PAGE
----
Here is a manifesto for an Aristotelian way of doing philosophy, but equally, here is a philosophical sensibility expressed in an entirely human, and humane, voice. Aristotle’s stylistic achievements lie not in the panache of his prose but in a distinctive manner of thought. One might see pedantry in his subtle taxonomies, in his need to report and refute the views of every significant opponent, in his constant search for contradictions and ambiguities in the everyday utterances of ordinary people. But equally, one can see in these habits a humanism quite precocious for his time, a curiosity about the mundane, an optimism about the prospects of human intellectual effort in its quest to make sense of things—these too are humanist values.
In an early passage, Aristotle addresses the question: “which of the things in life should be chosen and would satisfy our appetite if we managed to obtain them”? Now compare these following alternative translations. The first is from the Victorian-era translation by Harris Rackham that chooses, to the point of unreadability, to mirror the length of Aristotle’s original sentence and the word order of his Greek:
[…] moreover, also the pleasure of food or of sex alone, with the other pleasures abstracted that knowledge or sight or any other of the senses provides for human beings, would not induce anybody to value life higher if he were not utterly slavish, for it is clear that to one making this choice there would be no difference between being born a beast or a man […]
In Kenny’s rendering, this becomes:
Further, no one who was not an utter slave would put any value on existence solely for the pleasures of food and sex, in the absence of all the other pleasures that are provided to humans by knowing and seeing and using any of their other senses. It is clear that for the person making such a choice there would be no difference between being born a beast or a human.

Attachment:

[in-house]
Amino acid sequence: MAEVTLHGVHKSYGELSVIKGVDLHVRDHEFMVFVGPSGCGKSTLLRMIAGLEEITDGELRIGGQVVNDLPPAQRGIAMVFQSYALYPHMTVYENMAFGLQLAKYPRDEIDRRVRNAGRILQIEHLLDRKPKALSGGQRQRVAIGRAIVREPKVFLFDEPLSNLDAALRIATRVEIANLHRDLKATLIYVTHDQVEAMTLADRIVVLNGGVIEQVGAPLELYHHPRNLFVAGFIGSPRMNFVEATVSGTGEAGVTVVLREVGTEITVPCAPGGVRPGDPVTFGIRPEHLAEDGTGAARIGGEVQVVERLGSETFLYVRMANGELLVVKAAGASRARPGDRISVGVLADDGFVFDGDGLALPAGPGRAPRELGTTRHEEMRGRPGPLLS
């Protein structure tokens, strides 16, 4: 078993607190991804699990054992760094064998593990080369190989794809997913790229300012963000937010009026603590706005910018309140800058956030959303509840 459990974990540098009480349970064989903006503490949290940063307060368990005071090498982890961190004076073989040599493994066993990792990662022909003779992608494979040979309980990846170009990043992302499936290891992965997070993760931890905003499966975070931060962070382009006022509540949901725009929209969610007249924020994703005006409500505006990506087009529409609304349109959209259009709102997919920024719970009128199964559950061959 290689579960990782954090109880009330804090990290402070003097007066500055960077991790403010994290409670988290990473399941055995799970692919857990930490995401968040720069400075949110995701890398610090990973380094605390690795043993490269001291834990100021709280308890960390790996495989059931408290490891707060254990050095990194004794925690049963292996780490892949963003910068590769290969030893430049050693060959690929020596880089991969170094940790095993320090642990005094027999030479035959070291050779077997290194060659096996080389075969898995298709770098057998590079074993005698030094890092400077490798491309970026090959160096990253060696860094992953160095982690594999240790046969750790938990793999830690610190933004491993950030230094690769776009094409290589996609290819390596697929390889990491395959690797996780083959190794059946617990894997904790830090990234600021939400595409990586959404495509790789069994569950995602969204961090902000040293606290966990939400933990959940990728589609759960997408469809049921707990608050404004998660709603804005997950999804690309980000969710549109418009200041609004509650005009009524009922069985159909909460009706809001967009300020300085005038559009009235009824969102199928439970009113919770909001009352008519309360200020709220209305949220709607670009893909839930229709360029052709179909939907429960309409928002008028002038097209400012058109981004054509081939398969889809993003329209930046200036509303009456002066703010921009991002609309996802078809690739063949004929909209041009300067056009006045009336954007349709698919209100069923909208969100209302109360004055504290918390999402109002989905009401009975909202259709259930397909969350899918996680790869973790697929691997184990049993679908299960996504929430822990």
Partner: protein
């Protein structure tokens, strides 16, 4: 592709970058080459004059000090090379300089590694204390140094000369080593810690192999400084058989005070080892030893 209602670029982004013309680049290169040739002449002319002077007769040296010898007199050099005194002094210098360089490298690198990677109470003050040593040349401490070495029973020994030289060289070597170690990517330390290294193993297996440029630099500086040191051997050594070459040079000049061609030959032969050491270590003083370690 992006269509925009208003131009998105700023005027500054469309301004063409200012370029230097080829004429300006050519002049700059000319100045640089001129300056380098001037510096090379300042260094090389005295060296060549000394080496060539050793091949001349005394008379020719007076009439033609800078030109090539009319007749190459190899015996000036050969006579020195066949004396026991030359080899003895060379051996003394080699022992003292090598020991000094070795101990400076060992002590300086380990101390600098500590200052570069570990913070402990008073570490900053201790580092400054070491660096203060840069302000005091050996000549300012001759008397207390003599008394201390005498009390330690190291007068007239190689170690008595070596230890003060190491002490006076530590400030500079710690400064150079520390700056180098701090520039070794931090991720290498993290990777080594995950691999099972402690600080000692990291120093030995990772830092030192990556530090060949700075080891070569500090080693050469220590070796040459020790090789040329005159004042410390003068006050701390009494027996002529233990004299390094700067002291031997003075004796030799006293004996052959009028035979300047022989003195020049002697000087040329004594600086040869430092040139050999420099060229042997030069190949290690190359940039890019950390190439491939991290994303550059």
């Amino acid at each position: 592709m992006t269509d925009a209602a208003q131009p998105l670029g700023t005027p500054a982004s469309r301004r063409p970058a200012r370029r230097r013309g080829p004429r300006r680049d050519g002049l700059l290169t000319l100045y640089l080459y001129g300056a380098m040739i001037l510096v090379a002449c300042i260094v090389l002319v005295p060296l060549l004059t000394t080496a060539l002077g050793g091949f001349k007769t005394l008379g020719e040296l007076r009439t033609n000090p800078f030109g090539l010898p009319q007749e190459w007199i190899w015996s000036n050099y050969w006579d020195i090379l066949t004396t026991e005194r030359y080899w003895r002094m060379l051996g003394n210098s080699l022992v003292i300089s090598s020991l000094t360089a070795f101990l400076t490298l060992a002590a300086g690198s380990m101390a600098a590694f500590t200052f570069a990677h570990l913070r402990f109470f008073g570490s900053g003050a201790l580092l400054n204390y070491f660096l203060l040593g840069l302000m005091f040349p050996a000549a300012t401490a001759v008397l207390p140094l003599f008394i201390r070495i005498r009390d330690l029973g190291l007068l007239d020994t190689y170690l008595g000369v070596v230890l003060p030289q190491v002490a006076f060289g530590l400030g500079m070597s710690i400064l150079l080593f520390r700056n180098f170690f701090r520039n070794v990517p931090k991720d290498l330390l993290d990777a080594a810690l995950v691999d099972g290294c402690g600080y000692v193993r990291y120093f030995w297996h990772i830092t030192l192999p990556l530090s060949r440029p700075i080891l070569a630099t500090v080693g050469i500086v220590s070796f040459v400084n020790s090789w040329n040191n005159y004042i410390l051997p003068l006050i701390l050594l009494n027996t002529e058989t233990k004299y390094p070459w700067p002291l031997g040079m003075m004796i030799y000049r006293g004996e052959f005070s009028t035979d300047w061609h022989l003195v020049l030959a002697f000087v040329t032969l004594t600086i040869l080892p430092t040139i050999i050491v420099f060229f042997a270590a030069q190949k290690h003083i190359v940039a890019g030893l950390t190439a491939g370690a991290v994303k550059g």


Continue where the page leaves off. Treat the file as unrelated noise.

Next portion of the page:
The sentences are shorter, the vocabulary less Latinate, and the sense consequently a good deal clearer. Now, finally, consider Inwood and Woolf:
Nor indeed would anyone who was not completely slavish prefer life merely for the pleasure of nourishment or of sex, if deprived of the other pleasures that knowledge or sight or any of the other senses provide people with. It is evident that whoever makes this choice might just as well have been born a beast as a human being.
This compares well with Kenny, though his “an utter slave” has an emphatic ring that their “completely slavish” lacks, and their “nourishment” seems needlessly precise for a context where “food” is perfectly suitable. But their elegant “just as well” is a definite improvement on the efforts of their predecessors.
As for the philosophical argument itself, it is hardly watertight, relying as it does on the reader sharing Aristotle’s characterisation of such a life as “slavish” and bestial, and joining him in thinking those qualities contemptible. Perhaps Aristotle meant it as a provocation to the young male Athenian aristocrats, much given to hedonism, among his audience. Or perhaps he was simply inviting them—and us (Aristotle was just immodest enough to have written with posterity in mind)—to consider what, and how much, would be missing from the life of the sybarite. But all this is to leave out Aristotle’s concluding flourish, colourful, vivid, and gratuitous. In Inwood and Woolf’s rendering, this reads: “At any rate the ox in Egypt, which is worshipped as the god Apis, is lavished with a good deal more of those sorts of things than many monarchs.”
To those who complain of the affectless impersonality of Aristotle’s style, passing remarks like these are the best counterexample. Just when we feared we should be bored, Aristotle gives us the holy oxen of Egypt, randy and gluttonous. With two splendid new translations, we can finally hear them loud and clear.
Nakul Krishna  is reading for a DPhil in Philosophy at Balliol College, Oxford. He is a contributing editor at the Oxonian Review.